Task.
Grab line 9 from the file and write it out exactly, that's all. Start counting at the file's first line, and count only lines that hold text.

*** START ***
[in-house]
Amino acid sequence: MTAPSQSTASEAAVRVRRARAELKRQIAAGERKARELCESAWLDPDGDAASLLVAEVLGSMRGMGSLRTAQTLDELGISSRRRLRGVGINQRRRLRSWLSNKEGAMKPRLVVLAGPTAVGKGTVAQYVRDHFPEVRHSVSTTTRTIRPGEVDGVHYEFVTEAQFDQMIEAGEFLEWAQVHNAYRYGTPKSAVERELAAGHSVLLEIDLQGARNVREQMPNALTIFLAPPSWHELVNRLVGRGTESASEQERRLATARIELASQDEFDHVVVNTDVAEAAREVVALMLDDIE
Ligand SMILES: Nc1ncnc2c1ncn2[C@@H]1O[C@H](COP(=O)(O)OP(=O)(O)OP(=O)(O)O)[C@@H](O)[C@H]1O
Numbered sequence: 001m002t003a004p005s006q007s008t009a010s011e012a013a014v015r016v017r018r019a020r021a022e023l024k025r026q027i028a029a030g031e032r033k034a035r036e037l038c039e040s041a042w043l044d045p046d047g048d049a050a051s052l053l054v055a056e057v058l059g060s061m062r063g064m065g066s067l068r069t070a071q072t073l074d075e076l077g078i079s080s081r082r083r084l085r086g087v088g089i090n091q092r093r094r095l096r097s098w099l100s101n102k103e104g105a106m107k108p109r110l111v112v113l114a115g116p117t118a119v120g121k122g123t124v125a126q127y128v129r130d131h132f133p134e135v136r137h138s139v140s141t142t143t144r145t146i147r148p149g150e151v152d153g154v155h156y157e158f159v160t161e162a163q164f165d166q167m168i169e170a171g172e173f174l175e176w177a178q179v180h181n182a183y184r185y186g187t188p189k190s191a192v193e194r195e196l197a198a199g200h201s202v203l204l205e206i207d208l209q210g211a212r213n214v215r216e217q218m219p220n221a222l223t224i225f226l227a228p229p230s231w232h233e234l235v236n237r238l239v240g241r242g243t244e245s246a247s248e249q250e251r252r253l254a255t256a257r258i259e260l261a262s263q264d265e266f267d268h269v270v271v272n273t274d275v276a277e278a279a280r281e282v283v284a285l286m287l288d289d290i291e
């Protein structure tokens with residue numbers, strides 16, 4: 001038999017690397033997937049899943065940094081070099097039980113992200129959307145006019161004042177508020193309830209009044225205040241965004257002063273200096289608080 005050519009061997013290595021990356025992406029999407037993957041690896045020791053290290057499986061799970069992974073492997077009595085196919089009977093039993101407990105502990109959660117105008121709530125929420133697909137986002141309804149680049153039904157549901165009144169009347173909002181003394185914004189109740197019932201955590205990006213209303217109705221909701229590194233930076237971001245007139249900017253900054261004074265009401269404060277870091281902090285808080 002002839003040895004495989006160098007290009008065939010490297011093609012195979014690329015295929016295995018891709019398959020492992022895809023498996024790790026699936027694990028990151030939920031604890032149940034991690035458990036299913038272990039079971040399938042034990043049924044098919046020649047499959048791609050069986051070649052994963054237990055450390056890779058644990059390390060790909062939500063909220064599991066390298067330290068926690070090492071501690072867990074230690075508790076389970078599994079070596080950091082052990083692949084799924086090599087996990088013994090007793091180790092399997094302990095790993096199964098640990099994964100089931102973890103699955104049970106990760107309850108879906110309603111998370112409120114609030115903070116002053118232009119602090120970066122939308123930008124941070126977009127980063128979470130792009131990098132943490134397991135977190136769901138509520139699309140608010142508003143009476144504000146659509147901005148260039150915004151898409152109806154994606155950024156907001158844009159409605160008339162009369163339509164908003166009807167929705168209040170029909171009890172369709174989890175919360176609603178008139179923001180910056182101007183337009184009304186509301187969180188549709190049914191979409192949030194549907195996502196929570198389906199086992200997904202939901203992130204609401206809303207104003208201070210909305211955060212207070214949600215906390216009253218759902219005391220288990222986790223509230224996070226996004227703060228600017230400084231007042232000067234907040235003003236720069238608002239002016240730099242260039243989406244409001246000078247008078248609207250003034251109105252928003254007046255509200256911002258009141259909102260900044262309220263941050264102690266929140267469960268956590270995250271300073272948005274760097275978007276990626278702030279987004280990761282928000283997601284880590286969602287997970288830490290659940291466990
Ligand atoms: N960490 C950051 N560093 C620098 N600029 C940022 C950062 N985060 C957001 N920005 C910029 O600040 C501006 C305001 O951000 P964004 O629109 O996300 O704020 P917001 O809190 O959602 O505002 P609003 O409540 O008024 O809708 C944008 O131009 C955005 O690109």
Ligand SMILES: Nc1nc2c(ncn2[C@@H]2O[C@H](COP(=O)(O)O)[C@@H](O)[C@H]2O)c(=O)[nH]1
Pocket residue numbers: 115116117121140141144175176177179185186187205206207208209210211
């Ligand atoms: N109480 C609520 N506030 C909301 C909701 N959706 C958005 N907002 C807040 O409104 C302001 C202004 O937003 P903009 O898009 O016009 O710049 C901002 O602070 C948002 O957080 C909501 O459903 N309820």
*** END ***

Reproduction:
């Ligand atoms: N109480 C609520 N506030 C909301 C909701 N959706 C958005 N907002 C807040 O409104 C302001 C202004 O937003 P903009 O898009 O016009 O710049 C901002 O602070 C948002 O957080 C909501 O459903 N309820």